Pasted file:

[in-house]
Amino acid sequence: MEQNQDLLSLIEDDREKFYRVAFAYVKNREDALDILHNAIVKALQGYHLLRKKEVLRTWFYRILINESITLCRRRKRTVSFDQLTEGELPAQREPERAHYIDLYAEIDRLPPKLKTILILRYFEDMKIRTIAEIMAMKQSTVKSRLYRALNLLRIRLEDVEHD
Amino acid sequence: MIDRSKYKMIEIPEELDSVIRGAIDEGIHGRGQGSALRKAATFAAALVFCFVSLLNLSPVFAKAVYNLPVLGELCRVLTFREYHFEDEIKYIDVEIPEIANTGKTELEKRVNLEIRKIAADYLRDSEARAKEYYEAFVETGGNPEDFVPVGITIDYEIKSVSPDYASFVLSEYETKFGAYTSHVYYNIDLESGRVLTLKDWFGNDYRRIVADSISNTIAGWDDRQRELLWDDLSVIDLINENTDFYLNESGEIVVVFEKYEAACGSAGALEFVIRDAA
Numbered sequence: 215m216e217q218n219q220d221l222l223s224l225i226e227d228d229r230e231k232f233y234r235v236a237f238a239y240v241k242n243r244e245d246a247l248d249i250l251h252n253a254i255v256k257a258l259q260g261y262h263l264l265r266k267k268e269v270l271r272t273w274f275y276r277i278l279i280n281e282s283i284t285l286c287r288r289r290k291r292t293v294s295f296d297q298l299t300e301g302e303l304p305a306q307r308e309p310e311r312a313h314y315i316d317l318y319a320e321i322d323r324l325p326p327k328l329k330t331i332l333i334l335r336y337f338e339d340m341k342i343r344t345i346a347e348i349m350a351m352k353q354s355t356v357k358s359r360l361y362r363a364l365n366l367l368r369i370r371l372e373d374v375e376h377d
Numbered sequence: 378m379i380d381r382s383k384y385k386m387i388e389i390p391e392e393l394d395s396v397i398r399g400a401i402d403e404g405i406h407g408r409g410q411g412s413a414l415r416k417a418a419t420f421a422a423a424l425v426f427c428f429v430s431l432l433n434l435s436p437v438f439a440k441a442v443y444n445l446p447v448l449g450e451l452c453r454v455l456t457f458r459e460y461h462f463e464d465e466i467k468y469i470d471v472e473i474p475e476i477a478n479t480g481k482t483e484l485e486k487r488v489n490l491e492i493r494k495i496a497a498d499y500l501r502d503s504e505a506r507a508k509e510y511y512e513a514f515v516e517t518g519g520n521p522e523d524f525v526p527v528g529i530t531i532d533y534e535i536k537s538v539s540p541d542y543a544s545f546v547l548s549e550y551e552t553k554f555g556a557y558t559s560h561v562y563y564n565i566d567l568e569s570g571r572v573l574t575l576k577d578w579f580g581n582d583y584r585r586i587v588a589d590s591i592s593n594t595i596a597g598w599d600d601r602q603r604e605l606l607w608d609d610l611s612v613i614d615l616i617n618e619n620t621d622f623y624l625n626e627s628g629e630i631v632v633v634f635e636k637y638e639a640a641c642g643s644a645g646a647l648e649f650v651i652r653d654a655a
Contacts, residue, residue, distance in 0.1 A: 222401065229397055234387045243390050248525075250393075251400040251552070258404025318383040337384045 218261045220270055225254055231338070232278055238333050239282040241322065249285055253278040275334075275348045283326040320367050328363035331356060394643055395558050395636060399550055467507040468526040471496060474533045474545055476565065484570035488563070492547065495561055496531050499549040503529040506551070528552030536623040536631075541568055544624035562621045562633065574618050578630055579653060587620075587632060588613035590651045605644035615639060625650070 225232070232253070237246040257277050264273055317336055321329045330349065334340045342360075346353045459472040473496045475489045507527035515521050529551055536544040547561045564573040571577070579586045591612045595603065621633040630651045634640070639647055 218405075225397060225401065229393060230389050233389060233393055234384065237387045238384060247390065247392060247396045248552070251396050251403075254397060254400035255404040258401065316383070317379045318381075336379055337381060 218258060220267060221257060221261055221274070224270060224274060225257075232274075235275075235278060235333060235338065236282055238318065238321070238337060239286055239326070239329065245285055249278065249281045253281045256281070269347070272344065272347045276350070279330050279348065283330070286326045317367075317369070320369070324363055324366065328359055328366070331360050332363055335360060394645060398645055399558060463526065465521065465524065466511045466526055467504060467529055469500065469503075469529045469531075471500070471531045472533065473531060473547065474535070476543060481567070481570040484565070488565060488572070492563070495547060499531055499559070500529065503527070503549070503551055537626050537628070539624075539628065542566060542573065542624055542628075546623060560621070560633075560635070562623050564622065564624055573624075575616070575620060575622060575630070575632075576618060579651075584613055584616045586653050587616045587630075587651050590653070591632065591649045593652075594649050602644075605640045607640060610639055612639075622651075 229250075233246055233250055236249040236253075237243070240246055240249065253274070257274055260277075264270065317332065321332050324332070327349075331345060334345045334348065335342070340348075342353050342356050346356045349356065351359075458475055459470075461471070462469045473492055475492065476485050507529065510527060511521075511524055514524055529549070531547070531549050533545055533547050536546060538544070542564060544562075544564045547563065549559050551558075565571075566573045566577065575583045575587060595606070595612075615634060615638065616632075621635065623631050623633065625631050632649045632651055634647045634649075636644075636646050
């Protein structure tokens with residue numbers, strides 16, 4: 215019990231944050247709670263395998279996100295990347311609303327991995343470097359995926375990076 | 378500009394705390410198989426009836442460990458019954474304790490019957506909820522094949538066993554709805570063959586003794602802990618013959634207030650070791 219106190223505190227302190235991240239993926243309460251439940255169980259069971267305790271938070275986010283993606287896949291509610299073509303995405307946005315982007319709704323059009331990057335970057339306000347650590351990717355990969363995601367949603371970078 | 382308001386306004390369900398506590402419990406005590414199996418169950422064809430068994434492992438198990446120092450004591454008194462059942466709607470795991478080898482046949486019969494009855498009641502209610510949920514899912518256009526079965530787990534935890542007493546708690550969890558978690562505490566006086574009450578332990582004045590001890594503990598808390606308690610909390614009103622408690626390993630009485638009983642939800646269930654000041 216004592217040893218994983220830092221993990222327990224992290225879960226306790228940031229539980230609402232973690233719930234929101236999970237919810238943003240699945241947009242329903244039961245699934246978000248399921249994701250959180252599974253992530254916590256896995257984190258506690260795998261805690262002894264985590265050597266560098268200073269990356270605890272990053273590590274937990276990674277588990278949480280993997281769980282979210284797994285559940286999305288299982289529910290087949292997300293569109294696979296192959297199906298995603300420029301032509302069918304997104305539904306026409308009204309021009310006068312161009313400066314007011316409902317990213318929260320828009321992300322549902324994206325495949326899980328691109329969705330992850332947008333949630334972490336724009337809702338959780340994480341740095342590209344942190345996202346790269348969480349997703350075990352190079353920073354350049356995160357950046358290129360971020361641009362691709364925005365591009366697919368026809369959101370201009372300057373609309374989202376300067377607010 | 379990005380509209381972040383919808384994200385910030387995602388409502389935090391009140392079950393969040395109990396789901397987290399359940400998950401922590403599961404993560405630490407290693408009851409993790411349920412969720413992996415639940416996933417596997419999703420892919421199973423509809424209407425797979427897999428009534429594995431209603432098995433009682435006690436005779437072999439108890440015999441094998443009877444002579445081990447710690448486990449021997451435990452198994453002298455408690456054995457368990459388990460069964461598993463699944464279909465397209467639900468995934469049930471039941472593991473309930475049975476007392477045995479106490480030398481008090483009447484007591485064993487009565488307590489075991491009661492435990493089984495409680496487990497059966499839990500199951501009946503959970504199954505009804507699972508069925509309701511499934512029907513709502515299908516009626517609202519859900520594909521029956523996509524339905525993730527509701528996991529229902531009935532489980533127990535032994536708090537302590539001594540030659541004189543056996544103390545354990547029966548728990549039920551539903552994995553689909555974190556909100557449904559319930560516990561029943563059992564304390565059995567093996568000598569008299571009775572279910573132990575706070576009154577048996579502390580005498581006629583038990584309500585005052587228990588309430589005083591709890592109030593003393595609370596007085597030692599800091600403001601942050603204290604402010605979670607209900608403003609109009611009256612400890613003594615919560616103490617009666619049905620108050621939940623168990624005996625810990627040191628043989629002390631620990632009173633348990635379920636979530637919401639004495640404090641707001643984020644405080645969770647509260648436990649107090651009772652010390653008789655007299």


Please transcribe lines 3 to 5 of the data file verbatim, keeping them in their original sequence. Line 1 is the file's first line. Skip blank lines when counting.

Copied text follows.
Amino acid sequence: MIDRSKYKMIEIPEELDSVIRGAIDEGIHGRGQGSALRKAATFAAALVFCFVSLLNLSPVFAKAVYNLPVLGELCRVLTFREYHFEDEIKYIDVEIPEIANTGKTELEKRVNLEIRKIAADYLRDSEARAKEYYEAFVETGGNPEDFVPVGITIDYEIKSVSPDYASFVLSEYETKFGAYTSHVYYNIDLESGRVLTLKDWFGNDYRRIVADSISNTIAGWDDRQRELLWDDLSVIDLINENTDFYLNESGEIVVVFEKYEAACGSAGALEFVIRDAA
Numbered sequence: 215m216e217q218n219q220d221l222l223s224l225i226e227d228d229r230e231k232f233y234r235v236a237f238a239y240v241k242n243r244e245d246a247l248d249i250l251h252n253a254i255v256k257a258l259q260g261y262h263l264l265r266k267k268e269v270l271r272t273w274f275y276r277i278l279i280n281e282s283i284t285l286c287r288r289r290k291r292t293v294s295f296d297q298l299t300e301g302e303l304p305a306q307r308e309p310e311r312a313h314y315i316d317l318y319a320e321i322d323r324l325p326p327k328l329k330t331i332l333i334l335r336y337f338e339d340m341k342i343r344t345i346a347e348i349m350a351m352k353q354s355t356v357k358s359r360l361y362r363a364l365n366l367l368r369i370r371l372e373d374v375e376h377d
Numbered sequence: 378m379i380d381r382s383k384y385k386m387i388e389i390p391e392e393l394d395s396v397i398r399g400a401i402d403e404g405i406h407g408r409g410q411g412s413a414l415r416k417a418a419t420f421a422a423a424l425v426f427c428f429v430s431l432l433n434l435s436p437v438f439a440k441a442v443y444n445l446p447v448l449g450e451l452c453r454v455l456t457f458r459e460y461h462f463e464d465e466i467k468y469i470d471v472e473i474p475e476i477a478n479t480g481k482t483e484l485e486k487r488v489n490l491e492i493r494k495i496a497a498d499y500l501r502d503s504e505a506r507a508k509e510y511y512e513a514f515v516e517t518g519g520n521p522e523d524f525v526p527v528g529i530t531i532d533y534e535i536k537s538v539s540p541d542y543a544s545f546v547l548s549e550y551e552t553k554f555g556a557y558t559s560h561v562y563y564n565i566d567l568e569s570g571r572v573l574t575l576k577d578w579f580g581n582d583y584r585r586i587v588a589d590s591i592s593n594t595i596a597g598w599d600d601r602q603r604e605l606l607w608d609d610l611s612v613i614d615l616i617n618e619n620t621d622f623y624l625n626e627s628g629e630i631v632v633v634f635e636k637y638e639a640a641c642g643s644a645g646a647l648e649f650v651i652r653d654a655a